A Former Professor Who's Still Knocking on Doors
HOLLYWOOD, CALIF. — `I decided I was tired of playing all these academic games just for the luxury of living in Oklahoma,'' recalls Dave Congalton, who had worked as a communications professor at DePauw University in Indiana before moving to the University of Tulsa in 1986. All his life, he says, he had wanted to be a writer. ``People who've read my stuff always told me I could write, but I never believed them. So I decided it was now or never,'' he recalls. One person who encouraged him to develop his scriptwriting was film director Nicholas Meyer. Mr. Congalton had sent him an original sequel to the film classic ``Casablanca.'' ``I was floored when he actually took the time to write me back and say I had real talent,'' says Congalton.
To be nearer to Hollywood, Congalton accepted a visiting professorship at a college in San Luis Obispo for the academic year. While there, he entered a stand-up comedy contest and won. The boost this gave to his confidence led him to move to a one-bedroom flat off the boardwalk on Venice Beach, where he intended to pursue scriptwriting.
``I've made a few contacts and started writing, and I'm happier than I've ever been in my life,'' he says. One of those contacts was a Beverly Hills entertainment lawyer who had gone to high school with Congalton's sister-in-law. The lawyer knew the producers for ``L.A. Law,'' for which Congalton had tried writing two scripts.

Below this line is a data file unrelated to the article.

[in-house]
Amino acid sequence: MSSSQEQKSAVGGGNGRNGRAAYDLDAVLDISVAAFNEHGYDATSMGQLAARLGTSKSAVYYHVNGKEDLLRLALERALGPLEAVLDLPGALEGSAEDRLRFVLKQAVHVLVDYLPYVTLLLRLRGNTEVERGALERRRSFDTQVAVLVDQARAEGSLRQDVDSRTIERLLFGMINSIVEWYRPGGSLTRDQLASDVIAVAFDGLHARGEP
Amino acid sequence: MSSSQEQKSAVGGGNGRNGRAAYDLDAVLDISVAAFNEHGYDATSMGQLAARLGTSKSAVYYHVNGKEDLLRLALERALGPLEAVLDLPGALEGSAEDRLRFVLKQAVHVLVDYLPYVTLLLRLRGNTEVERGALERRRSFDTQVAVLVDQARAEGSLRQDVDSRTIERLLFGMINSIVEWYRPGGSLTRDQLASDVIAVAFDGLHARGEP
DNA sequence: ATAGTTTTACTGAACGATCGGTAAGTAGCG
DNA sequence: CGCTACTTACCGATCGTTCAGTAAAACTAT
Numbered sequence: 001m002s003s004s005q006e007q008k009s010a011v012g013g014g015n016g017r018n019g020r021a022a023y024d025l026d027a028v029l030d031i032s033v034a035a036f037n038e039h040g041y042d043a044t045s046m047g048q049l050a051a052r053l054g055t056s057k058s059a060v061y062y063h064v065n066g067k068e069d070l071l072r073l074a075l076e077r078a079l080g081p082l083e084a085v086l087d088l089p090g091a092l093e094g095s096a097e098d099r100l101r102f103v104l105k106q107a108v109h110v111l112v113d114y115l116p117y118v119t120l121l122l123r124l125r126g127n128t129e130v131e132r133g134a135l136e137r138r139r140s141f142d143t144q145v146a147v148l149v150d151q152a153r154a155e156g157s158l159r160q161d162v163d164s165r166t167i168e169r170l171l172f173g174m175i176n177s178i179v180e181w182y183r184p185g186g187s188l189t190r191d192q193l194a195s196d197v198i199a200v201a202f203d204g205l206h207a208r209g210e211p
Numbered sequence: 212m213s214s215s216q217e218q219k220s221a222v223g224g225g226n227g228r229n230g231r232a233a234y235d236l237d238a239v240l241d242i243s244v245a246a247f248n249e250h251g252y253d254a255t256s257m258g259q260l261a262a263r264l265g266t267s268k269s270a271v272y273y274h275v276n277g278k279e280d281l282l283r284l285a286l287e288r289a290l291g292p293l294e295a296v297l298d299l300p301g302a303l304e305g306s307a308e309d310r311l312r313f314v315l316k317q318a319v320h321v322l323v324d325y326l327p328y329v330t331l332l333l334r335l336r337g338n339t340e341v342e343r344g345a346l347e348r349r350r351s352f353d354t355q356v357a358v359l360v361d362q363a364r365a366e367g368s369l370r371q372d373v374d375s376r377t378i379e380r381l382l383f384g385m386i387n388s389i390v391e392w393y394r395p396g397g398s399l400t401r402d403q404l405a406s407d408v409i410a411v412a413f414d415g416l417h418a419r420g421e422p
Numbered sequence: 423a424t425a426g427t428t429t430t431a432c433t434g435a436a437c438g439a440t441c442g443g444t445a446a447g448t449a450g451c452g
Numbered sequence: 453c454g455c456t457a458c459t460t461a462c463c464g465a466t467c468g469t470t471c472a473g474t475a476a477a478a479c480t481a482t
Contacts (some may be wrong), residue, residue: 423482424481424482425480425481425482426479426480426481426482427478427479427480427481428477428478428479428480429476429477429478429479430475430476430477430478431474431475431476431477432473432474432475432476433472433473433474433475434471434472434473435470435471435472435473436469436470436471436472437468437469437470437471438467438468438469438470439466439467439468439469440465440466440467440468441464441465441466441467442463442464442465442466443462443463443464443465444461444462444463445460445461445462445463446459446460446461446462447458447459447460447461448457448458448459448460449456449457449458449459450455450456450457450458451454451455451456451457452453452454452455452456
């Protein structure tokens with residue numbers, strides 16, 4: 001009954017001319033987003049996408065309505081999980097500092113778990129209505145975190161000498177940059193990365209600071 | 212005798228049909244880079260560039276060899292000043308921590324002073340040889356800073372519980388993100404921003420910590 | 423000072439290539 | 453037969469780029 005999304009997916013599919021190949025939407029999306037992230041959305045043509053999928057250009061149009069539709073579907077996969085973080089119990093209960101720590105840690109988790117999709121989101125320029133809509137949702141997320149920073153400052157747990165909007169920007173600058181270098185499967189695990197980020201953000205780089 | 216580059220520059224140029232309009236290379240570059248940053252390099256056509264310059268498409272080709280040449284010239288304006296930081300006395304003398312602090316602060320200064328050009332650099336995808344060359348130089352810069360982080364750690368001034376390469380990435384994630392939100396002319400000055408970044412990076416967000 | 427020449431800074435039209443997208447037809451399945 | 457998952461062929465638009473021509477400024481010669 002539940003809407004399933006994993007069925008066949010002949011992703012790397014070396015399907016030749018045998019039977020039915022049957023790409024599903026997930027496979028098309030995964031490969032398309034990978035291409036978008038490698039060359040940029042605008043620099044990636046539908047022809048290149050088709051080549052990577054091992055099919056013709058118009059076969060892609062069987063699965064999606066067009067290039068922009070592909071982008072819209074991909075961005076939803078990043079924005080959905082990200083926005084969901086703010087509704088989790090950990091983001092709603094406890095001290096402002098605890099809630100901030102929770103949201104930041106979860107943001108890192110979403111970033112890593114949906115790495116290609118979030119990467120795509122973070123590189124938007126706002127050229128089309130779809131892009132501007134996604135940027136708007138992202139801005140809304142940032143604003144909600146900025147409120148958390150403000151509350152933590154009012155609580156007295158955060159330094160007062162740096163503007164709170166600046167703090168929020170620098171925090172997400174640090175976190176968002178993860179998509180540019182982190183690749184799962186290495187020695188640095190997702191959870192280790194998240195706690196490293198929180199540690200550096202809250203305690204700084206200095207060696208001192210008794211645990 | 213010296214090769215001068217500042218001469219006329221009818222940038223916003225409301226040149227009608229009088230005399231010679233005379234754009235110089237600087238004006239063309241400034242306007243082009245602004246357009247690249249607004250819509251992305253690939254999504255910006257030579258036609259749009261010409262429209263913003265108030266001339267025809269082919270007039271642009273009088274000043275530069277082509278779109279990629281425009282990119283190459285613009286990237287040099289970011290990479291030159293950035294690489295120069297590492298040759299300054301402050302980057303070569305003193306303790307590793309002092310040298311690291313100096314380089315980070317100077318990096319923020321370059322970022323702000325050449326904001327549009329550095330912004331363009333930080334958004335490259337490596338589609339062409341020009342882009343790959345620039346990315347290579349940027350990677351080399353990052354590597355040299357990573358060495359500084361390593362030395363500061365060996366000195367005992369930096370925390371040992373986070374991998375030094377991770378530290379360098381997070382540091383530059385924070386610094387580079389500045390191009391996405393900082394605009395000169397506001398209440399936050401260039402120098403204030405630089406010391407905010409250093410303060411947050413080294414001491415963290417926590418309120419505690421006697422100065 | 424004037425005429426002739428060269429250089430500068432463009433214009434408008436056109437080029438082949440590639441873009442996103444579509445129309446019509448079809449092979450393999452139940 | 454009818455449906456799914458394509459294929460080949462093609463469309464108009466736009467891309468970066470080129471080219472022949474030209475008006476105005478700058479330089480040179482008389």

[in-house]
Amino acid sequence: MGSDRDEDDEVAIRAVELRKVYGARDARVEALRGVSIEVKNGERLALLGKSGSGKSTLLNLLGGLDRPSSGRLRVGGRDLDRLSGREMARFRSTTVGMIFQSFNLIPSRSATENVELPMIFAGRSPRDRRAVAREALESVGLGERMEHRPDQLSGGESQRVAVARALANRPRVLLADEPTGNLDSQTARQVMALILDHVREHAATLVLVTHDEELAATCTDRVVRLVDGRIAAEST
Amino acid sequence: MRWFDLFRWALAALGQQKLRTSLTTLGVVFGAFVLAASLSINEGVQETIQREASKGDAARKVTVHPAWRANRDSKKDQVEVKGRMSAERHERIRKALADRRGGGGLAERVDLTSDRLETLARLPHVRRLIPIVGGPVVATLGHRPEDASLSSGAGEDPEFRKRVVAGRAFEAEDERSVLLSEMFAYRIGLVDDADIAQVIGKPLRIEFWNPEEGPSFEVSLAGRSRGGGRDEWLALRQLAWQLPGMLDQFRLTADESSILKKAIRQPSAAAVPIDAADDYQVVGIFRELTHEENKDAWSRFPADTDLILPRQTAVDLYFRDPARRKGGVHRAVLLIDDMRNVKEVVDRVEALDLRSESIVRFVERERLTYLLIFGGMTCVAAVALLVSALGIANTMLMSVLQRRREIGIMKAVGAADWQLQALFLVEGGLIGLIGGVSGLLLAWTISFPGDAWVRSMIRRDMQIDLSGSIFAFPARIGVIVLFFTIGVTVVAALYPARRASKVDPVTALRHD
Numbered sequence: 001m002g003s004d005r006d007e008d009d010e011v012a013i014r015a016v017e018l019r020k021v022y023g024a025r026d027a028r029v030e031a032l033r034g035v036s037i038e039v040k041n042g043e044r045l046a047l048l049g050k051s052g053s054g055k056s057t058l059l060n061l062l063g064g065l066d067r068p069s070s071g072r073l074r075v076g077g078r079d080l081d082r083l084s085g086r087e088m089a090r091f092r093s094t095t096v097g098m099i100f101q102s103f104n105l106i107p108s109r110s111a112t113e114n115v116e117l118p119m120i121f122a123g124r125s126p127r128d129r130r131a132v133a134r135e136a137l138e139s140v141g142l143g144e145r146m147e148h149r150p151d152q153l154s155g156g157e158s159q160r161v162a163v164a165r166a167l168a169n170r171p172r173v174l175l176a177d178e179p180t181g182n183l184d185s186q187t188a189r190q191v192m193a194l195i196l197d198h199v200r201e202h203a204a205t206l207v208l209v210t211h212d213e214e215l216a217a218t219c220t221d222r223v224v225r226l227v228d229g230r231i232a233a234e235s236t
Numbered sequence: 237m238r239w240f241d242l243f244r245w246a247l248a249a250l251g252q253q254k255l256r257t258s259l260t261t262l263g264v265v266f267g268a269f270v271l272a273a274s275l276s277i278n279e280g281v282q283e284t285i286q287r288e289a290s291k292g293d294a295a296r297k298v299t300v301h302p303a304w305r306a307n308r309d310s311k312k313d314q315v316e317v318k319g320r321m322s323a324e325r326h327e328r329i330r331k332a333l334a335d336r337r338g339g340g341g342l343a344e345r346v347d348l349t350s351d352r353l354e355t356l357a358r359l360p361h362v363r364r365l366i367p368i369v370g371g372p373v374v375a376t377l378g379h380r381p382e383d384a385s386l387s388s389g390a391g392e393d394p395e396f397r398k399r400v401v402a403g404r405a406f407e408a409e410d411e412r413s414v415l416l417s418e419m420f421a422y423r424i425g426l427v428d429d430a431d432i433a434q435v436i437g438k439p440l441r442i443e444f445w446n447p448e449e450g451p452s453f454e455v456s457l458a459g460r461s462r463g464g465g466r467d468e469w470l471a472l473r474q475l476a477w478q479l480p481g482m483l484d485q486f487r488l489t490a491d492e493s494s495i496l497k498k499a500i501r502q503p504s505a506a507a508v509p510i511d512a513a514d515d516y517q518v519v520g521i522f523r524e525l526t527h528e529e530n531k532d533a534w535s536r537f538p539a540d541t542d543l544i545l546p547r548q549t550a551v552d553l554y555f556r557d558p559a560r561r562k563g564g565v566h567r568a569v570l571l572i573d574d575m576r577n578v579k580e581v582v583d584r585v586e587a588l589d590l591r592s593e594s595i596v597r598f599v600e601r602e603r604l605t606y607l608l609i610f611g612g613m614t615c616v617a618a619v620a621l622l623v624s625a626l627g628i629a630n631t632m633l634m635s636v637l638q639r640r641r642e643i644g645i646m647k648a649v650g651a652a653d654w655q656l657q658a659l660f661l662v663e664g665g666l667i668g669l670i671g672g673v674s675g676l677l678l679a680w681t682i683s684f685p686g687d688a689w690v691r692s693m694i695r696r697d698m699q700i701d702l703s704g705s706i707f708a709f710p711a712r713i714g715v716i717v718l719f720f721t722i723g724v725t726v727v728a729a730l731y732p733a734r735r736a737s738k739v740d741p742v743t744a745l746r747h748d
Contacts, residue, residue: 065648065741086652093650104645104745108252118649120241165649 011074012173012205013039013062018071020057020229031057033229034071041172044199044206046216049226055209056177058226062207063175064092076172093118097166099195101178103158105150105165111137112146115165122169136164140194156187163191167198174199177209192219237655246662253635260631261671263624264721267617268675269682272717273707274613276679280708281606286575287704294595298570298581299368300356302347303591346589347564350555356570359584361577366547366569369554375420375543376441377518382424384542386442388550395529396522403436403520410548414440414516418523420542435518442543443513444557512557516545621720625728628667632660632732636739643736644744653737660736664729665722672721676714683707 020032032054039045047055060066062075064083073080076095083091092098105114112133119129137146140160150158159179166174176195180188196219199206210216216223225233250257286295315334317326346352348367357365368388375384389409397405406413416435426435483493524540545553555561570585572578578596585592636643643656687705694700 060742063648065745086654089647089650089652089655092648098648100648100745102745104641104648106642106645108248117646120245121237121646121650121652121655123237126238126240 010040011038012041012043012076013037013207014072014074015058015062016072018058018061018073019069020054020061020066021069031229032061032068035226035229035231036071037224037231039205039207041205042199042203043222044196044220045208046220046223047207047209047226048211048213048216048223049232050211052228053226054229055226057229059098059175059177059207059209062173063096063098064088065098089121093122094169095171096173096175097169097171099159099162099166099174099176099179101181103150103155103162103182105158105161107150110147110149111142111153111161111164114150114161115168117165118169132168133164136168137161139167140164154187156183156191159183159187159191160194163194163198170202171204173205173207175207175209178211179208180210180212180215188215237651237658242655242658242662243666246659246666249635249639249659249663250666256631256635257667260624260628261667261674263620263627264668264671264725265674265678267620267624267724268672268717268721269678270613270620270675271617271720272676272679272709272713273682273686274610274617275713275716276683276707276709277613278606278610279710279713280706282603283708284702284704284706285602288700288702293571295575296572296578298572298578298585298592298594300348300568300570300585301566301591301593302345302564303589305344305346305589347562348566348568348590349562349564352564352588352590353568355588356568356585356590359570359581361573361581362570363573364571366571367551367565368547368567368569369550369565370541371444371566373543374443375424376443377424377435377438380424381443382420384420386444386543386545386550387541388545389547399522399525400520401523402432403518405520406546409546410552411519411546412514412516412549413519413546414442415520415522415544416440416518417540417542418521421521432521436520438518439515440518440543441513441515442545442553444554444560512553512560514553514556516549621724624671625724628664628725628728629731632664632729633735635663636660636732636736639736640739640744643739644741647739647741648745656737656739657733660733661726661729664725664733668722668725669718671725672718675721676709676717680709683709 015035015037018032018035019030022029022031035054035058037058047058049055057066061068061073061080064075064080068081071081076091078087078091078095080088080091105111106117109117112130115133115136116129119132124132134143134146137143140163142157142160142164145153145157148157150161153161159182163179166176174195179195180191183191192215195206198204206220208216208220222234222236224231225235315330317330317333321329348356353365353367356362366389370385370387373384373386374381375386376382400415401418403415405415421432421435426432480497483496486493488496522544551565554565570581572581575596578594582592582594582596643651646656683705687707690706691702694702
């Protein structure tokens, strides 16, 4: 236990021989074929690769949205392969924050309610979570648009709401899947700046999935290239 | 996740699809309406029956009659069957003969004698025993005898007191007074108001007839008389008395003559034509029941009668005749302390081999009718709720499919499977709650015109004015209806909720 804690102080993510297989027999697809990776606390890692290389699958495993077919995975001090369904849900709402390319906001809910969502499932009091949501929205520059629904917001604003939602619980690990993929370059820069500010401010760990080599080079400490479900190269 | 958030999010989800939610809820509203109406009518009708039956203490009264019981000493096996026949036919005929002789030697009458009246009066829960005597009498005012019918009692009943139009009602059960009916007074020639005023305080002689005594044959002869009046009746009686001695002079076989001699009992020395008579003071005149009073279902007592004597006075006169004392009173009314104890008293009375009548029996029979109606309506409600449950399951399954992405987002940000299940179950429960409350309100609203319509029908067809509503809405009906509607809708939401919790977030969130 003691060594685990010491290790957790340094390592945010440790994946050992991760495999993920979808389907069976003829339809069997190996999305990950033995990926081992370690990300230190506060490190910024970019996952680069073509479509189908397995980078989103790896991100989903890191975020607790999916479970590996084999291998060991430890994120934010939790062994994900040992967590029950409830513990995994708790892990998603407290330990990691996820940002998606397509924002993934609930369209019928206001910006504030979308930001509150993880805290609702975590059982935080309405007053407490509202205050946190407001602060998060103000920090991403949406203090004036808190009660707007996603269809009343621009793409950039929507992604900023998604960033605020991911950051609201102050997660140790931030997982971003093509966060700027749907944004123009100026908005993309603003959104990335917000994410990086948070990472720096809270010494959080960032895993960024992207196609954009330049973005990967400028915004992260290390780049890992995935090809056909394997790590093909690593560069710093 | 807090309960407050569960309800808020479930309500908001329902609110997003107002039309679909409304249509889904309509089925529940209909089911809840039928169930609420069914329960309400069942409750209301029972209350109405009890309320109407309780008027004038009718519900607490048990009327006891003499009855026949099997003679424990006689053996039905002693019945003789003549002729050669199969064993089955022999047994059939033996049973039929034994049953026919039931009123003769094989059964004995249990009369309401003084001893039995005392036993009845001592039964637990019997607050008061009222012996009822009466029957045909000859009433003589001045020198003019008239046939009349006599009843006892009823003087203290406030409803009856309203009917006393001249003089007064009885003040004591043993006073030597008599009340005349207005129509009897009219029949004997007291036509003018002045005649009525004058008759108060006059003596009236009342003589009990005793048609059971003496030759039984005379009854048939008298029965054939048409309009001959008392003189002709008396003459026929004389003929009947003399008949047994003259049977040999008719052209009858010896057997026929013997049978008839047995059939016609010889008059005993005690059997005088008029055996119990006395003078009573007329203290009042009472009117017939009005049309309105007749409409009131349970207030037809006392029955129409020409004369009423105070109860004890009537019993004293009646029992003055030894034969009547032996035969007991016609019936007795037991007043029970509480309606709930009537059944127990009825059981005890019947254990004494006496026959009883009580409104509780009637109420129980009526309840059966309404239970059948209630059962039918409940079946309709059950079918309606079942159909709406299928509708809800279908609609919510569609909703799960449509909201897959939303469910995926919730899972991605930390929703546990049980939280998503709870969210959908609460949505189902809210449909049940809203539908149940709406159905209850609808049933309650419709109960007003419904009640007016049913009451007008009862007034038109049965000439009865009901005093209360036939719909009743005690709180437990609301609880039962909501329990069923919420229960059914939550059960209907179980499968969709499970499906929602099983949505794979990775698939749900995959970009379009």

The promise of those two scripts led Congalton to discussions with an agent, but there was a difference of opinion over where his scripts should go. ``She wanted me to rewrite my `L.A. Law' episodes for `Matlock,''' says Congalton. ``I said, `No way.''' Congalton then asked his roommate, who worked for Creative Artists, a Hollywood agency, to show his scripts to agents there. ``They said the scripts looked great, but dropped my cause when my roommate stopped working there,'' Congalton says.
He believes the scripts he has written so far prove to people that he is capable of writing for established TV shows. But writing feature films is his goal. ``What I'm struggling with now is writing my own material and characters and plots. I have good ideas, but I have to learn more about dialogue and characterization,'' he says.
Meanwhile he is working full time in a store while writing scripts in his off-hours. He expects that one more year of effort will open a career door for him.
Even so, it hasn't been easy. ``I've had calls where people have lied to me, led me on,'' he says. ``Everybody in Hollywood talks a good act. You've got to be able to see beyond the ruses. I was told early on, `You've got to be hungry and give it five years.' So I'm digging in.''